Discussion in 'Trading' started by Sky123987, Dec 20, 2008.
Check here: http://biz.yahoo.com/research/earncal/today.html
Earnings announcements can come anytime. The day is usually known in advance, but revisions can come unexpectedly.
Its always been my observation that once I decided to go long on a position, guidance comes out contrary to my position. It works every time.
UG and DG tend to be pre and post market but there are always a few intraday UG/DG per day, and obviously given the market conditions of 2008 there have been a ton of playable intraday defences.
Equity research/sales teams try to get changes in recommendation out while the market is closed, so that the changes can be communicated, and clients can digest the research prior to the next open. In that window prior to the open, direct access to the analyst is often ~auctioned to valuable clients who express interest. Clients value, and pay for this type of service. Nowadays release of research is carefully managed by compliance departments that are tasked with ensuring equitable distribution to the firm's client base and other research outlets.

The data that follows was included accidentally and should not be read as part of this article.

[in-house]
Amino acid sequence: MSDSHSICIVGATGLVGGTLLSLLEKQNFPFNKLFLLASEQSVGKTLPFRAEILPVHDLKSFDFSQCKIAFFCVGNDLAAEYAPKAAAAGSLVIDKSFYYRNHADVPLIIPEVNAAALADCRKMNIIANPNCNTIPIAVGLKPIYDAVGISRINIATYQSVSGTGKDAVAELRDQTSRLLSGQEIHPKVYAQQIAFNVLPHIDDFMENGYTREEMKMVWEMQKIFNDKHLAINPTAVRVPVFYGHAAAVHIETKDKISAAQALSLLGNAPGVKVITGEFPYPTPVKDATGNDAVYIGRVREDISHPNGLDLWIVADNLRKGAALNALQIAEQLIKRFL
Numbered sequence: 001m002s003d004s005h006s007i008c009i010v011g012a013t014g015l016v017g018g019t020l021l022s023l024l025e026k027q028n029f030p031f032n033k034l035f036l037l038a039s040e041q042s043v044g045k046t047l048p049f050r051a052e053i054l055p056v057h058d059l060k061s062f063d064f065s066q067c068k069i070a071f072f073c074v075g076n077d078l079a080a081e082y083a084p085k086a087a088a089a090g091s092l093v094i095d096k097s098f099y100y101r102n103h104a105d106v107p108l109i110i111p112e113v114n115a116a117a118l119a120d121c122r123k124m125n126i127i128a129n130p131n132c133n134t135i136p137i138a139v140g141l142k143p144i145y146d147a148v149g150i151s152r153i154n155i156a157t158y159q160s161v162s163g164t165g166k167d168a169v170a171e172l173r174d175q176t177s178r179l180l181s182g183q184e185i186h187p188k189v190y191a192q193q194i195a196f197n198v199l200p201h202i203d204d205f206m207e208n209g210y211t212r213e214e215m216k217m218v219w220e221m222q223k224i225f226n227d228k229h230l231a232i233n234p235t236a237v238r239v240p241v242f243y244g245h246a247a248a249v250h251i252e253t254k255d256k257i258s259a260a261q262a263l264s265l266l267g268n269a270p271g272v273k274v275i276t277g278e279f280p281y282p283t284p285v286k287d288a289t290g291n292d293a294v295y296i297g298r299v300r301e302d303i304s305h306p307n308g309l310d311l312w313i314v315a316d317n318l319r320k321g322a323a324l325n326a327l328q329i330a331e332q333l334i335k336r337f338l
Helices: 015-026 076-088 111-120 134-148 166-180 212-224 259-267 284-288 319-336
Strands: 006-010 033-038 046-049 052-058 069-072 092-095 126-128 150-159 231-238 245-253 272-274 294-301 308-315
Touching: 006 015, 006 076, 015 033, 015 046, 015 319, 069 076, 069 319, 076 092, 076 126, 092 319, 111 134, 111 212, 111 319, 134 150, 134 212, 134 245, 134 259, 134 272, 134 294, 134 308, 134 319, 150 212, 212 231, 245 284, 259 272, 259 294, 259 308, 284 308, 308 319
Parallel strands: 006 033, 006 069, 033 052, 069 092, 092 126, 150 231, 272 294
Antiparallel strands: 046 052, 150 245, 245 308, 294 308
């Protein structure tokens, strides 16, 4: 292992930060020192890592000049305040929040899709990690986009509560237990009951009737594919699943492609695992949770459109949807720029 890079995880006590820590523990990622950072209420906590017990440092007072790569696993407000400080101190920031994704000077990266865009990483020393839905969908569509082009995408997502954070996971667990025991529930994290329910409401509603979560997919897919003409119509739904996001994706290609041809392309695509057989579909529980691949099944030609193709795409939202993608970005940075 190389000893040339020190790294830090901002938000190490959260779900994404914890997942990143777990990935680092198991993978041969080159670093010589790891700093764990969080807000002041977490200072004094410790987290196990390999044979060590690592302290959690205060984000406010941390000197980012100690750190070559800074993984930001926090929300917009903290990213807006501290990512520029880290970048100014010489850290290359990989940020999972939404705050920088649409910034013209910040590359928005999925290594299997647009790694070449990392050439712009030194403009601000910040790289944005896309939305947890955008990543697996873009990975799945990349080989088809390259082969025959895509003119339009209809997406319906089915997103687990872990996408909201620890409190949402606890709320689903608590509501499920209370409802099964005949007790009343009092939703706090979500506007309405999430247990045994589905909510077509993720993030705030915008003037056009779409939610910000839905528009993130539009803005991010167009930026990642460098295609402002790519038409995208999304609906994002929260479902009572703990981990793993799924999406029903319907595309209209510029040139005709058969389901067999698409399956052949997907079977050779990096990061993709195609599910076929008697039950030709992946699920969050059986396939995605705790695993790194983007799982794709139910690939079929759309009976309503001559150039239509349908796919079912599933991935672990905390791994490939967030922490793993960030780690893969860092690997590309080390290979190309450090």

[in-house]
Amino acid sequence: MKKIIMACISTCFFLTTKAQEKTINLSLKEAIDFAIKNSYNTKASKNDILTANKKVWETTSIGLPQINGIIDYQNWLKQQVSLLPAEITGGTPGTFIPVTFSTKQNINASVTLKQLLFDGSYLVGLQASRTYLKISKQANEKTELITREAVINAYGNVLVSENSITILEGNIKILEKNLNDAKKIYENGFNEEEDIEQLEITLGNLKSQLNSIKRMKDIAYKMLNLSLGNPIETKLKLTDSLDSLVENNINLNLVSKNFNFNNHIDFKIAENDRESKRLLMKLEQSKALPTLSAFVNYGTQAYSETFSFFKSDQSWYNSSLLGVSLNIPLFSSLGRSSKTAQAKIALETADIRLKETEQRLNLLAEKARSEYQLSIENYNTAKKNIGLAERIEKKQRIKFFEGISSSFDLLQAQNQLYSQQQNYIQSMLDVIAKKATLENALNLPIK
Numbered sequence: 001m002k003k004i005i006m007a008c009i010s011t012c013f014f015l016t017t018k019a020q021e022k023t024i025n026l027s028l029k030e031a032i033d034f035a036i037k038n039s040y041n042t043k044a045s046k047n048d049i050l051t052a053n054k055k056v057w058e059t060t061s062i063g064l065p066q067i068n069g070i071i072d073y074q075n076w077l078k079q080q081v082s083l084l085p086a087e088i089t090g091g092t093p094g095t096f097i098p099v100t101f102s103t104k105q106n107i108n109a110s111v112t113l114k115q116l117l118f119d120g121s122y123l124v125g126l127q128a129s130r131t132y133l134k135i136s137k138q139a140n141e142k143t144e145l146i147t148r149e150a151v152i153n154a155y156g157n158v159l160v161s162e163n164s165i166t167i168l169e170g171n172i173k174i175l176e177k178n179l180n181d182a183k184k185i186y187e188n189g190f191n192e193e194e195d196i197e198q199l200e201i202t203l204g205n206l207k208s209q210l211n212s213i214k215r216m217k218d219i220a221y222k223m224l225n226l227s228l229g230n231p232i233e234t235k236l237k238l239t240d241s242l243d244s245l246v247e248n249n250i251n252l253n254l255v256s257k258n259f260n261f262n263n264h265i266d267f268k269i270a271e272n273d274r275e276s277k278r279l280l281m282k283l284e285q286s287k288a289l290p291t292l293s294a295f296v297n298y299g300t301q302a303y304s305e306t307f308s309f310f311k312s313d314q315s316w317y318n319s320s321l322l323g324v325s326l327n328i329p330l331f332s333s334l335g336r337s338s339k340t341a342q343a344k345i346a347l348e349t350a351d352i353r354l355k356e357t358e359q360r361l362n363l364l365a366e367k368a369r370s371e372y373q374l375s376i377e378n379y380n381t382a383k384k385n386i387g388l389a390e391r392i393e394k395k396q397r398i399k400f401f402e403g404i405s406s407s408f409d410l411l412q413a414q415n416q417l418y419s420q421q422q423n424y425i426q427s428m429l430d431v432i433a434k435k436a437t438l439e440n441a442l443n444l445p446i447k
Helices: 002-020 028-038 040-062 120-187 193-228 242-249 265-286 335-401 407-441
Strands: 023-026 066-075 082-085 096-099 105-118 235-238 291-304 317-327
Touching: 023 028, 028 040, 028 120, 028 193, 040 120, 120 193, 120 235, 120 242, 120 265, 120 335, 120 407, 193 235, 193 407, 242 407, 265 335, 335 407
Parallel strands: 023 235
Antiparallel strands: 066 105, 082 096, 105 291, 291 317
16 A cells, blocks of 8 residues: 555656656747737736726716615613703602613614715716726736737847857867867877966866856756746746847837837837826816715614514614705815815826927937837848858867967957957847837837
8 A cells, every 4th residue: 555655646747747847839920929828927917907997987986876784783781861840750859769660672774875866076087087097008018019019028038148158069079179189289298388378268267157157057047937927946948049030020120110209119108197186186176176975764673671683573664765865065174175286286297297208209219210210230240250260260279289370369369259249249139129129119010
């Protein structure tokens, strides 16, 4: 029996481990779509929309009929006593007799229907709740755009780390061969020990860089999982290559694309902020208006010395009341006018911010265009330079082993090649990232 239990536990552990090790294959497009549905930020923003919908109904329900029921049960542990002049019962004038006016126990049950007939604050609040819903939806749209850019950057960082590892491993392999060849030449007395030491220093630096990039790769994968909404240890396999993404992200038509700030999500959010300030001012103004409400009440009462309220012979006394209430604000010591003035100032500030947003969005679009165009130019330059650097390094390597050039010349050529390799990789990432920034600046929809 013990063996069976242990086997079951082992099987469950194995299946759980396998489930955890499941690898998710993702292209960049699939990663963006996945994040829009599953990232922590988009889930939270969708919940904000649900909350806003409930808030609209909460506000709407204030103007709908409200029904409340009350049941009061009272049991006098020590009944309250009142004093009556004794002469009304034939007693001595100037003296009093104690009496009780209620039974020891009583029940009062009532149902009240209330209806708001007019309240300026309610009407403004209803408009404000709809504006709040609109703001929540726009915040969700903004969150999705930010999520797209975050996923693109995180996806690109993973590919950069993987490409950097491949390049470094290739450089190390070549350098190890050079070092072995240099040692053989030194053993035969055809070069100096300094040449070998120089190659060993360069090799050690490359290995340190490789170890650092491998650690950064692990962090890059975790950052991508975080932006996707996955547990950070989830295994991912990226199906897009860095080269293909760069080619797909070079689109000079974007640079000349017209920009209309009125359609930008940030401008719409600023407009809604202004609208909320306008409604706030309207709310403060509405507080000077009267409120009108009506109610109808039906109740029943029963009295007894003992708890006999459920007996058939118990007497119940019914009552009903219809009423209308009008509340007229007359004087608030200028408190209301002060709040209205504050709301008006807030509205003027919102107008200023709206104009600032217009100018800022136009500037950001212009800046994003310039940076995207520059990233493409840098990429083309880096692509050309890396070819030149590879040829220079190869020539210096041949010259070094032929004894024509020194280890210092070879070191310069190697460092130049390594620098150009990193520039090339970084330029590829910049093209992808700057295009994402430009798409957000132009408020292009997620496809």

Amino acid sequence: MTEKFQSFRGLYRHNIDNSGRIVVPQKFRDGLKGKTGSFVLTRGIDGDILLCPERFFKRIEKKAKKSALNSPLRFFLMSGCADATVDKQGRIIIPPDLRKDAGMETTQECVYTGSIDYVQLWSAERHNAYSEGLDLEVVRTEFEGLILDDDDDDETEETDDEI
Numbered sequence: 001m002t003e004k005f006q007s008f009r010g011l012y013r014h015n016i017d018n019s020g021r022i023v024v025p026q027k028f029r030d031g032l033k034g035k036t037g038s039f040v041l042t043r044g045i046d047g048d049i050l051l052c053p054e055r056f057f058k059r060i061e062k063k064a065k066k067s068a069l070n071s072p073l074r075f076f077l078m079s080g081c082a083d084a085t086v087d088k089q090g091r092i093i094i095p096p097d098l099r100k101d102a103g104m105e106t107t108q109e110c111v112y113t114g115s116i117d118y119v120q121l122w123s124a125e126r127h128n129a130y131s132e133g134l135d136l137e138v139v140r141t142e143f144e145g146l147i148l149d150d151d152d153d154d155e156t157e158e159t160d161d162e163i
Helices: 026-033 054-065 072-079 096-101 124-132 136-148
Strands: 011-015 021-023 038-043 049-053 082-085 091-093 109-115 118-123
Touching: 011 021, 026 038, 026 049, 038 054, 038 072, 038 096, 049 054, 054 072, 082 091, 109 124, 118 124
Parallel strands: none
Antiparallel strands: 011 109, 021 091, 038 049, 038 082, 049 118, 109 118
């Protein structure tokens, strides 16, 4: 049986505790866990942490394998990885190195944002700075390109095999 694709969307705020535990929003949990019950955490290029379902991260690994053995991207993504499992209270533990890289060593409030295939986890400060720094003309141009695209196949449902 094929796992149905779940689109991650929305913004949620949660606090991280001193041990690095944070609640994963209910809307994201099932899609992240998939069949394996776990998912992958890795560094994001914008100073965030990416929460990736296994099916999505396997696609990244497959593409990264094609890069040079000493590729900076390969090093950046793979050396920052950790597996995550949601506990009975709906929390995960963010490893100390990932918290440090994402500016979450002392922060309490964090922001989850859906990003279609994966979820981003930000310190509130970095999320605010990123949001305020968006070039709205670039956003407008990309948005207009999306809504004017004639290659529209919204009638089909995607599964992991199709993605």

Special circumstances sometimes prompt those same teams to make exceptions. For example, a company makes a surprise announcement near the open, and the stock makes an egregious move, the analyst may quickly issue a short note, changing his numbers and perhaps even his core view, so that the sales team can engage clients real-time. These types of mid-day upgrades/downgrades are usually swamped by reaction to the original public announcement however, and its generally a position an analyst does not like to be in. Ideally he is simply telling the sales force "I told you so" and referring them to prior research.
It seems like upgrades and downgrades usually happen before the open, but companies lowering guidance tend to do that after the close.
And a study conducted a while back found that companies who report earnings after the close on a Friday are gonna have an earnings miss.
And when that downgrade happens before the open, there's no better feeling than being short the stock at Friday's close
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